Editors note from Bob Keller: Jack Lahr passed away in December 2005 due to complications from surgery. He was from Mt. Vernon, Ohio were he served as President, Show Chairman and Newsletter Editor for the Licking County Gem and Mineral Club. Jack demonstrated his hand powered Lap-Lap faceter actively at Ohio gem and mineral shows and served as a public ambassador for the faceting community at large. The following article by Bob Jones describes Jack's Lap-Lap faceter, which is about as basic as a faceting device can get. To the best of my knowledge the Lap-Lap is no longer in production or available for sale through other sources.
Faceting By Hand
Jack Lahr's Lap-Lap Relies On Primitive Power
by Bob Jones, Senior Editor Rock&Gem Magazine
After attending the Columbus, Ohio, show in late March, I was regretting that I did not buy one of Jack Lahr's lap-lap faceters during my flight home. It wasn't until then that I realized why he calls the thing a "lap-lap": You can hold it in your lap, no power needed, and lap stones to your heart's content. Imagine the kinds of conversations that would trigger on a plane. The airline hostesses would surely want to know what the heck you were doing with this little mechanical gadget, rubbing it back and forth, back and forth while you read, while watching the in-flight movie, or just staring out at the clouds.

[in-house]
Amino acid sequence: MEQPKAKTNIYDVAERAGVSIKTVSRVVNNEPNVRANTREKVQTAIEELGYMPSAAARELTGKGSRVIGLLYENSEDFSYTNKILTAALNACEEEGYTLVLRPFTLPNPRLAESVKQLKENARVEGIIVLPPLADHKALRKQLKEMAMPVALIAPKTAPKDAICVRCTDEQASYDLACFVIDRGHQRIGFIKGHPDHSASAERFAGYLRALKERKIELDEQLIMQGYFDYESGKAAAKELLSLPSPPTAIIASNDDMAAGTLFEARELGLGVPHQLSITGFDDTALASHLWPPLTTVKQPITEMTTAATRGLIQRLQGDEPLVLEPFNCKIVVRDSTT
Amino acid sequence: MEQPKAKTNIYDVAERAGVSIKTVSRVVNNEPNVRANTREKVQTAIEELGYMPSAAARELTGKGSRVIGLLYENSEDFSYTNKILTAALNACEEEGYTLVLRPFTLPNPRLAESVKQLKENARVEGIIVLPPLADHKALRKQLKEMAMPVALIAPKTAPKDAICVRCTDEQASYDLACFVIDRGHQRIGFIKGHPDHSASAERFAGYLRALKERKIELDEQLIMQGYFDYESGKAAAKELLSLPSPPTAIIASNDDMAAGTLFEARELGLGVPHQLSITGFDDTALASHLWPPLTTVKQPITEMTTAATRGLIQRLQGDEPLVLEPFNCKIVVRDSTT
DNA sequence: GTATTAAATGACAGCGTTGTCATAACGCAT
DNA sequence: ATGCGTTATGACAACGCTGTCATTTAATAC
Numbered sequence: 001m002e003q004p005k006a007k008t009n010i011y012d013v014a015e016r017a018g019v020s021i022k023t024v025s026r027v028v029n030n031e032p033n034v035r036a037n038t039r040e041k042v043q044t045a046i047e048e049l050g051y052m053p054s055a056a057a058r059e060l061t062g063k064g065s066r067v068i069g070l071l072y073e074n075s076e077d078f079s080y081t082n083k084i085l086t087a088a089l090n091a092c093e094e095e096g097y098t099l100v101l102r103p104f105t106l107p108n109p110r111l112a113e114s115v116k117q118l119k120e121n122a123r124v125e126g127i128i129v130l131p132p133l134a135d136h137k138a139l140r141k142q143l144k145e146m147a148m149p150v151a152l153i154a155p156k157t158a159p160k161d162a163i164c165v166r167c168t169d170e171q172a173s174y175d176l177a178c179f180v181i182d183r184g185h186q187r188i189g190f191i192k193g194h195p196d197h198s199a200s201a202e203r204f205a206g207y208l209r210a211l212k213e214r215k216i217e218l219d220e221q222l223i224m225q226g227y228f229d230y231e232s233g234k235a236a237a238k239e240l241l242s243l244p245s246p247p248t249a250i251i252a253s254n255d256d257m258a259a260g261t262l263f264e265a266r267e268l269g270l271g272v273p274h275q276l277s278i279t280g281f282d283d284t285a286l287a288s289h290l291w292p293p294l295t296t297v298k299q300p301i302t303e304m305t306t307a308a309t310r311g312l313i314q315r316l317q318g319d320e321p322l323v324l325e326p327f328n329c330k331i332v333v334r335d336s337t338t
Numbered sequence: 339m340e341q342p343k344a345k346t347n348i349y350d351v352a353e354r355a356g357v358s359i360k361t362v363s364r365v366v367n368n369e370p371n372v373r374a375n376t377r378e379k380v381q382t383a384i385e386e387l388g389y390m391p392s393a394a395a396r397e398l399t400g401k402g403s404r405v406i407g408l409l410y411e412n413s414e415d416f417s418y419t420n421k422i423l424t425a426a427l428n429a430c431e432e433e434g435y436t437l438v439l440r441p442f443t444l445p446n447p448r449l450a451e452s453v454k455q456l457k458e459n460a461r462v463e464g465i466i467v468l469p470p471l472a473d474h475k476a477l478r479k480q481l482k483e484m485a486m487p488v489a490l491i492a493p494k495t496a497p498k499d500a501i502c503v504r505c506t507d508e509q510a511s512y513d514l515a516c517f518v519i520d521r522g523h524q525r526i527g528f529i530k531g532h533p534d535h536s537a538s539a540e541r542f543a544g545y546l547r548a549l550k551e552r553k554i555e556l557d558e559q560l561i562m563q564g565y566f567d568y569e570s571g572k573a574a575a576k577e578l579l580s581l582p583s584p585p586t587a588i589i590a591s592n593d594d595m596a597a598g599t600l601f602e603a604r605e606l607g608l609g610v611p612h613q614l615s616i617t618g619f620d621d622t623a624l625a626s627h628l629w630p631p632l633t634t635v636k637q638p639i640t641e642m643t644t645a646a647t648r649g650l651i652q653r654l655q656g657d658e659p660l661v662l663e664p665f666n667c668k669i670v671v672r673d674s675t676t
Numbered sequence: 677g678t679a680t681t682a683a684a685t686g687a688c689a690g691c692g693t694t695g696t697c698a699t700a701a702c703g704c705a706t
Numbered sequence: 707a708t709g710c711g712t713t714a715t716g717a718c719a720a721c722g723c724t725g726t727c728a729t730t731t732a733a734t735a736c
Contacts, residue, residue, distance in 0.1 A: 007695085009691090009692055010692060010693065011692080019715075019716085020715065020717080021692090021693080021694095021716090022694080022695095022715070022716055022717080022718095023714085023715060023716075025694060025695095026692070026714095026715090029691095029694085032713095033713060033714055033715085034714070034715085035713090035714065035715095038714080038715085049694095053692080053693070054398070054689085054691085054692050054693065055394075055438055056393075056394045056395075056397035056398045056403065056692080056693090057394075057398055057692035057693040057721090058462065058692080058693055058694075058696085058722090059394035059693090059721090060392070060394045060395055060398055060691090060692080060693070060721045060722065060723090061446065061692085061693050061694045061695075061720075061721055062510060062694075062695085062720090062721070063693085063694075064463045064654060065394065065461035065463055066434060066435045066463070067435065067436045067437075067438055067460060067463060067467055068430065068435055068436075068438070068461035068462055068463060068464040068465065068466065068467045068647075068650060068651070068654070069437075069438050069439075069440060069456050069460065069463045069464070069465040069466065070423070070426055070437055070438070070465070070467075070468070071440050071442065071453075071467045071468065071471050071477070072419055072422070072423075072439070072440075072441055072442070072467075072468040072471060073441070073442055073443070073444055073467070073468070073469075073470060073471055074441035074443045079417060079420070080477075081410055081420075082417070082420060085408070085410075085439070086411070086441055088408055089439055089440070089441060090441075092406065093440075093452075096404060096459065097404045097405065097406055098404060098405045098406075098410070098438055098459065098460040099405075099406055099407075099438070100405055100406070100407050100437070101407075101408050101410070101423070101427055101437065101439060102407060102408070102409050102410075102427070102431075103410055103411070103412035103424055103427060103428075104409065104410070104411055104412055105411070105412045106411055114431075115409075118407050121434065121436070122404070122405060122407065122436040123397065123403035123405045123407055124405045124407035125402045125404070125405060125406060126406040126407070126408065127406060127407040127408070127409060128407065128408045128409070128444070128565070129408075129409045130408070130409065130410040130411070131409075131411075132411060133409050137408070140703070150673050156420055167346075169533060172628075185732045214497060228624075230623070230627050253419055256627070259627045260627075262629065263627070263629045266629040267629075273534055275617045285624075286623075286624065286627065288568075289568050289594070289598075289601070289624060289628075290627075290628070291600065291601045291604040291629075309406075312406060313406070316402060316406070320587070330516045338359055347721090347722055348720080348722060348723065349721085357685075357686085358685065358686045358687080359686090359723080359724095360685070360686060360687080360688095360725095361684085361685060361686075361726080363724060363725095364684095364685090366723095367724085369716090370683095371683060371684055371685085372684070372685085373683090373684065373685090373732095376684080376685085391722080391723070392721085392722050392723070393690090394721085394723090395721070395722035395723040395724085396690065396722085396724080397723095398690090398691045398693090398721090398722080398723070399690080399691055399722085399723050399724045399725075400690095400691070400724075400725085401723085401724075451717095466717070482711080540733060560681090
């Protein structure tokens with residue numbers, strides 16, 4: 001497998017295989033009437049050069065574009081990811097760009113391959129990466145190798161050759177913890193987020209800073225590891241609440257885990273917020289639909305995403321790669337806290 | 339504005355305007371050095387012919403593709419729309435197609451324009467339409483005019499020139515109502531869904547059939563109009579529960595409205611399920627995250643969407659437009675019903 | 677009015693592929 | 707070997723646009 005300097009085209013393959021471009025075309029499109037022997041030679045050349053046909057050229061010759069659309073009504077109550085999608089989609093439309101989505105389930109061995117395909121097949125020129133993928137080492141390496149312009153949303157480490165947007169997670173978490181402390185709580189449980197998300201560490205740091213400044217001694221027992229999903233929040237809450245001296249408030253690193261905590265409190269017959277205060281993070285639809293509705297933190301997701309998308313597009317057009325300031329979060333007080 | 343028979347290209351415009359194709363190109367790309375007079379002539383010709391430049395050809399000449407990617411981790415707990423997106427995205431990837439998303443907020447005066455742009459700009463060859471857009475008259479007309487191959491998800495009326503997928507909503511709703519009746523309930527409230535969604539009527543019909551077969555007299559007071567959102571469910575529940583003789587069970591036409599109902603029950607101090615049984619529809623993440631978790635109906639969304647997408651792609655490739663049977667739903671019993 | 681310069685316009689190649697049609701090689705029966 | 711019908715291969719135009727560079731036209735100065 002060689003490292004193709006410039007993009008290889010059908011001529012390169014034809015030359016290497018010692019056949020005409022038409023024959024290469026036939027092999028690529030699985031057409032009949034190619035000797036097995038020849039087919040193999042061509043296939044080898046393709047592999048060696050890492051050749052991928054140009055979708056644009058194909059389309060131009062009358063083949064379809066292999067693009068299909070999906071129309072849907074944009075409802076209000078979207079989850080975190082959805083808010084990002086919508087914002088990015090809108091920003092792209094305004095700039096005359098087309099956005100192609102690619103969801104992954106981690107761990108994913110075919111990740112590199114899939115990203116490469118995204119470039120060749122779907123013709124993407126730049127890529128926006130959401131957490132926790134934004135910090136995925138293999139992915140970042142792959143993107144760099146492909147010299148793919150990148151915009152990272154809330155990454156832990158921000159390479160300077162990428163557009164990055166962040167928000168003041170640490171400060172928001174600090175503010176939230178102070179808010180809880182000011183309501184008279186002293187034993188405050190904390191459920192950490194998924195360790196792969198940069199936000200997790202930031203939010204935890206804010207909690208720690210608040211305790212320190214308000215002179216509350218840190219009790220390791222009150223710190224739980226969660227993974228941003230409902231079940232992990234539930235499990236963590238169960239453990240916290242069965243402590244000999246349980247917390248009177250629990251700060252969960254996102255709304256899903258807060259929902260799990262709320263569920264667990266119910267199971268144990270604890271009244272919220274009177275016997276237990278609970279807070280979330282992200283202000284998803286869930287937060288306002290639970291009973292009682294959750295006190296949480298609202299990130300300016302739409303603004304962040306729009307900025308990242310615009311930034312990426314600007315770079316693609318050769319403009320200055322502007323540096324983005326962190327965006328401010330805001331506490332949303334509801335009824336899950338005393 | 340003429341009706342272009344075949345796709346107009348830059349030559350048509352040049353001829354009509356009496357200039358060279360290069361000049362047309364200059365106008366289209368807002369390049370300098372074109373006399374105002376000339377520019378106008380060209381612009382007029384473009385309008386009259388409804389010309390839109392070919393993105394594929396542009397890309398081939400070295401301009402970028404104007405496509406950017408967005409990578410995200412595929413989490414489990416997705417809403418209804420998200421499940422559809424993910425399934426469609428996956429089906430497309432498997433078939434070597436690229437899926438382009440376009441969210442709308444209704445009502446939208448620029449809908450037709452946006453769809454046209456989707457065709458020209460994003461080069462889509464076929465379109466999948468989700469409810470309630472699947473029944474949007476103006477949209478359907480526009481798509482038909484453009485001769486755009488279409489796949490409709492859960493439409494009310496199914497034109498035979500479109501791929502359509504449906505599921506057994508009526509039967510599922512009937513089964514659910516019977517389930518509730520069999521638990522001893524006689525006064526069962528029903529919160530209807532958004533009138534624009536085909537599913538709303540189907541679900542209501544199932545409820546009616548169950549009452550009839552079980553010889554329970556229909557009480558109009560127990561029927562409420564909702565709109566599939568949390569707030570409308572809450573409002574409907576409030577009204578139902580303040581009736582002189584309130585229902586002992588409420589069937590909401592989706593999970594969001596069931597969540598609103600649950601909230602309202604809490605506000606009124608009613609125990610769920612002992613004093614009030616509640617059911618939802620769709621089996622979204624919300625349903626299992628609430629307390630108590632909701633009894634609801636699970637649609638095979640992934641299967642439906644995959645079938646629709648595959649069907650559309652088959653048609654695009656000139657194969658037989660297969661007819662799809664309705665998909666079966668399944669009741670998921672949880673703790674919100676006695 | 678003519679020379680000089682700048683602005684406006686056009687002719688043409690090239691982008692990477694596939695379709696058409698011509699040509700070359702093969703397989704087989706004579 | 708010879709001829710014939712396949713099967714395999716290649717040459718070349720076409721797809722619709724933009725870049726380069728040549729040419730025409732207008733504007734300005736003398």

Jack was doing just that one day while flying cross-country when he realized two pilots and an engineer were watching intently and asking questions. Jack's question for them was, "Who's flying the plane?" It seems they were on auto-pilot!
The Lahr faceter is a nifty little device. I've seen Jack demonstrate it at the Columbus show for several years now without realizing what a neat little device he had developed. I finally came to my senses and I decided to get his permission to tell you all about it.
You can actually facet stones on the thing since it uses all the conventional devices such as a diamond-charged lap, dops, a dopping transfer angle, a protractor, an indexer and more. You can either supply your own lap (Jack gets used ones when he can) or get his "deluxe" setup, which includes two copper laps. Even if you go first-class for one it costs just under $100.
I couldn't help but marvel at the flexibility of the lap-lap. Instead of being trapped at a workbench, you can sit and watch TV, or carry it in your car so when you're stuck in traffic you can haul it out and lap away!
The obvious drawback is, of course, time. It takes maybe 10 times longer to facet something using this little mechanical marvel. At the same time, you can use it almost anywhere, so time is not necessarily lost. I've been to some mineral club meetings where this device would have come in handy!
The lap-lap depends on the same geometry as a machine-driven faceter. Everything has to relate to a level surface, since all angles reference it. Jack uses a sheet of glass and puts his diamond-charge lap on that.
The device is a tripod arrangement which holds the index, dop, etc. Jack realized that a tripod would provide the necessary stability and accuracy, both of which are critical to any faceting work. He built his lap on what he calls the "third leg principle." He developed a tripod frame to hold his dop. It is welded, then coated with plastic by fusing the plastic to the metal. This makes for a pleasing appearance while it is a little easier on the hands: It is the tripod frame that you grip to rock the preform back and forth to facet it.
On the tripod frame is an adjustable bolt used as a stop to indicate when a facet is done. You set this when you measure your angle with the protractor and index as you work.